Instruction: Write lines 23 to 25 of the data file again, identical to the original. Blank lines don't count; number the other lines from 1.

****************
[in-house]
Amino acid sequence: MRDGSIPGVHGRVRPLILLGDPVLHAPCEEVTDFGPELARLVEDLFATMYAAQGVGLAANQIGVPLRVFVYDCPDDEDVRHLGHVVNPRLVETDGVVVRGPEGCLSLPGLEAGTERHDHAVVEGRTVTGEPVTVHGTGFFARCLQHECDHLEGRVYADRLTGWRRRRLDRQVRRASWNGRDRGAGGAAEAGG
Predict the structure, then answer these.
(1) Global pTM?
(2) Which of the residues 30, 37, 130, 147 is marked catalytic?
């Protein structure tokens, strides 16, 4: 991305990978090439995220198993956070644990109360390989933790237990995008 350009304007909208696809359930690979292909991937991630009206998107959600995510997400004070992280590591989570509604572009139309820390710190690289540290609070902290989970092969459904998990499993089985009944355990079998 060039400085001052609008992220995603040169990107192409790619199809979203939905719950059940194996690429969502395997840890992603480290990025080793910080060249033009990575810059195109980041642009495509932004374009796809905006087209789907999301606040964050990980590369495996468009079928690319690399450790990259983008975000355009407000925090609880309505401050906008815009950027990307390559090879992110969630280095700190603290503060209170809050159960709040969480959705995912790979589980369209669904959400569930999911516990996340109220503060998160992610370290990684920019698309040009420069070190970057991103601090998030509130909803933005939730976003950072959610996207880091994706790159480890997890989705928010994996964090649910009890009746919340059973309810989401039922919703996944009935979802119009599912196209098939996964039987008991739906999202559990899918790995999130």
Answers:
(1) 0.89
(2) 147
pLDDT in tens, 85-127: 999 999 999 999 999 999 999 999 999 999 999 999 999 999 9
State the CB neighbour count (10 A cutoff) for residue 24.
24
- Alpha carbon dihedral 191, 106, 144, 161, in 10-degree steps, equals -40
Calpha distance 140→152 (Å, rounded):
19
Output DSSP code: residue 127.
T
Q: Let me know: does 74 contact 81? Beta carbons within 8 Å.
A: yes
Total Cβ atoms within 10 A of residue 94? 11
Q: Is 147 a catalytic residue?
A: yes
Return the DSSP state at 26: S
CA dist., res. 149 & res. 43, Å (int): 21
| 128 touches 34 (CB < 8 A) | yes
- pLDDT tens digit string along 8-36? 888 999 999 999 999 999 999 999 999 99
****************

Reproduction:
Return the DSSP state at 26: S
CA dist., res. 149 & res. 43, Å (int): 21
| 128 touches 34 (CB < 8 A) | yes